Happiness Index: How Happy Are “Happy” Countries? Divorce rate is very high – Happiness index: How happy are the “happy” countries? very high divorce rate

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In recent years, when indices based on Gross National Product (GNP) and income have been deemed not only inadequate but misleading, more emphasis has been placed on finding out how happy people in a country are. This is why the happiness index or happiness index was created. In all indices of happiness or happiness, it has been found that Nordic countries often top all these indices. The Nordic countries are mainly counted as five countries in Europe, although sometimes some nearby islets are also counted separately. These five countries are Sweden, Norway, Finland, Iceland and Denmark. Often, one or the other of these countries is at the top of the happiness index.

But only a very small part of the world’s population lives in the Nordic countries, which is about one percent of the world’s population. In such a situation, many people were curious to know why people are so happy there. On the other hand, some scholars from these Nordic countries also began to say that we are not as happy as the world tells us. One issue that arose amid this conflict is that the divorce rate is often very high in the Nordic countries. If we look at the statistics of the various Nordic countries in recent years, the divorce rate has been found to be between 35 and 60 percent. In other words, every second or third marriage here ends in divorce, and sometimes the rate is even higher. Some sociologists say about it that it has no special adverse effect on the happiness or happiness of people’s lives. Their point of view is that it is a matter of freedom for people to be in a relationship as long as they are happy in it.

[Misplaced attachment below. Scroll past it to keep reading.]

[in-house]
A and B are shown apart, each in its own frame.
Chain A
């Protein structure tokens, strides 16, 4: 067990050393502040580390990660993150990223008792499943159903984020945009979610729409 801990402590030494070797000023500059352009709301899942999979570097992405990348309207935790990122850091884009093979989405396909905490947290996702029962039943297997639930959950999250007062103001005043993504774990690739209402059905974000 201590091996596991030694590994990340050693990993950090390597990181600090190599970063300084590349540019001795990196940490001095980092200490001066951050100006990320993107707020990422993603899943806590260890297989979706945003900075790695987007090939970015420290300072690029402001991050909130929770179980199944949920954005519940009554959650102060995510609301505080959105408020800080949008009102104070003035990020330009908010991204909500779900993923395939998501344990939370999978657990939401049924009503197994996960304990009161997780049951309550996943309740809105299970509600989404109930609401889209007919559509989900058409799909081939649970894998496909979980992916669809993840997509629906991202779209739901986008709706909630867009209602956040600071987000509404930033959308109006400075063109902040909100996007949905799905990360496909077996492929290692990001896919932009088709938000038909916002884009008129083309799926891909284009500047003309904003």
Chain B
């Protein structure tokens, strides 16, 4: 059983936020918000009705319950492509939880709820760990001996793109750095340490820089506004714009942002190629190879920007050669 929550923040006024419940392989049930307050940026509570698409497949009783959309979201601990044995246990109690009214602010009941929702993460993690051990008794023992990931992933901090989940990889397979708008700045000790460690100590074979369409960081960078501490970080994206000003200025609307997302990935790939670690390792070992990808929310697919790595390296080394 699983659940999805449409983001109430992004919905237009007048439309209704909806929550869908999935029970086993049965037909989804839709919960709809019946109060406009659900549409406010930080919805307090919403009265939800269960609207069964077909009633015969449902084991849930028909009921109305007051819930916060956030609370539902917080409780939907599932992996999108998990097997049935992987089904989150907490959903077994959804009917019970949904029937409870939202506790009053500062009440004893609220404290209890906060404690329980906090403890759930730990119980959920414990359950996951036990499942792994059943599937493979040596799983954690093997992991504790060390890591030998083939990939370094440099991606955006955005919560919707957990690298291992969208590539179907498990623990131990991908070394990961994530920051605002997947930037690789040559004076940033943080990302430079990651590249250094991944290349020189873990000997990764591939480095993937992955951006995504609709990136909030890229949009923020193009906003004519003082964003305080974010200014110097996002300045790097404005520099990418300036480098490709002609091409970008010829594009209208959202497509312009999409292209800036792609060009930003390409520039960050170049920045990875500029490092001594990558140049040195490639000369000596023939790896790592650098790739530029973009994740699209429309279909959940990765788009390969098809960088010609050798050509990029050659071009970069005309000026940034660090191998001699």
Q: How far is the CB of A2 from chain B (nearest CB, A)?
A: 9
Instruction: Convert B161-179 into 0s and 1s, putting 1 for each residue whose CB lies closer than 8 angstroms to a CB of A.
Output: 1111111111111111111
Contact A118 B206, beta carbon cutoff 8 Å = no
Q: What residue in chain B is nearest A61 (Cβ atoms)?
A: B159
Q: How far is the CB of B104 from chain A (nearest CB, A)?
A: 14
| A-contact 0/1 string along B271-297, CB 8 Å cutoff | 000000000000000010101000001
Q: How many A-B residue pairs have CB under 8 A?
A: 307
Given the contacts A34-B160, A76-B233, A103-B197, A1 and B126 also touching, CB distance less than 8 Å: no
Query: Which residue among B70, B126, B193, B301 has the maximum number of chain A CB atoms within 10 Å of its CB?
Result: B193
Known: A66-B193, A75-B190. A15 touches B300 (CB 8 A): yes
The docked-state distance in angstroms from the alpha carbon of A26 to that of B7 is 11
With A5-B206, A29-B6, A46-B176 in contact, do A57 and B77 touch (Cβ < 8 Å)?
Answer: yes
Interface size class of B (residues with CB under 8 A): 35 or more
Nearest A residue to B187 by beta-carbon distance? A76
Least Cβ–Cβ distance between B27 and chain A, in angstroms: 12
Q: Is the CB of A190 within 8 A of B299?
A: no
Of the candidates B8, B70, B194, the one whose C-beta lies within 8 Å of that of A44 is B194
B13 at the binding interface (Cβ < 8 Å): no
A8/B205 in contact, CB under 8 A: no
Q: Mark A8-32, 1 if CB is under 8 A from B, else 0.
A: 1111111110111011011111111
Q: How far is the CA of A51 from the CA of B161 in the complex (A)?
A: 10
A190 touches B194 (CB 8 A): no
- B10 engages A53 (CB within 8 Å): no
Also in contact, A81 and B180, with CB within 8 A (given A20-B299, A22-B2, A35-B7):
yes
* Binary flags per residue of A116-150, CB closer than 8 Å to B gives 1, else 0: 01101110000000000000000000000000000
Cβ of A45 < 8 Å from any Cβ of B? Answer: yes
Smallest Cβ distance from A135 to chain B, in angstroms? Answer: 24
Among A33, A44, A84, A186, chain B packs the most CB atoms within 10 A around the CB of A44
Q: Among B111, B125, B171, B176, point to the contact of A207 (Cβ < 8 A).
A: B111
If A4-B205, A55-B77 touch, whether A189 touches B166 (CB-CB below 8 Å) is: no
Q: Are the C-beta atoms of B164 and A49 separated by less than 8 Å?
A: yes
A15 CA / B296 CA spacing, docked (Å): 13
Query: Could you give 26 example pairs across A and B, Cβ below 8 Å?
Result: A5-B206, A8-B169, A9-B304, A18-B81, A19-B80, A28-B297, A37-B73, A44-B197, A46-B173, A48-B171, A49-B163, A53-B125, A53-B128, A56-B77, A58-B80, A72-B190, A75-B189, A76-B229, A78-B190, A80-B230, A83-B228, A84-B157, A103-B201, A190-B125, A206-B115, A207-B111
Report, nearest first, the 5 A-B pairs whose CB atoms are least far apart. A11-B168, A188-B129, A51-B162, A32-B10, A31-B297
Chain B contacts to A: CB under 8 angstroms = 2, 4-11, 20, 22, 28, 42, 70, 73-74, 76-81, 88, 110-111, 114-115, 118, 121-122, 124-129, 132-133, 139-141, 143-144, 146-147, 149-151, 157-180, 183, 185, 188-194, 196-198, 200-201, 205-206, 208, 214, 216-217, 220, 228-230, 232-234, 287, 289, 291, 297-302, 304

On the other hand, many studies carried out in the European context show that, whatever may be said at first sight, the truth is that almost all cases of divorce are related to tensions and conflicts. For example, Richard Downthwaite, in his book The Growth Illusion, points out that most cases of divorce and separation involve a great deal of stress, the effects of which last for years. It has a very adverse effect especially on children. Children who come from broken families are at greater risk of many adverse situations in their lives. Data from the UK’s National Survey of Health and Development shows that children’s development and mental health are adversely affected in homes where parent-child relationships break down.

Many studies in the Nordic regions have also reported that the problem of mental stress and depression has been found more in teenagers and young adults. By the way, this problem has increased in most western countries in recent times and in America it is at its peak right now. In 2021, some major child and adolescent health organizations in America declared a child and adolescent health emergency. The state of child, adolescent, and youth mental health in the Nordic countries is not as dire as in the United States, but it is much higher. Several studies have found that between 10 and 25 percent of teenagers and young adults in this age group suffer from mental health problems. It has also increased significantly recently, especially in Norway.

Thus, while there has been a need to make the happiness index more complete, there has also been a need to balance the hyperbolic understanding of happiness in the Nordic countries. The truth is that the happiness indices have not yet become very complete and their shortcomings are also being pointed out from the Nordic countries.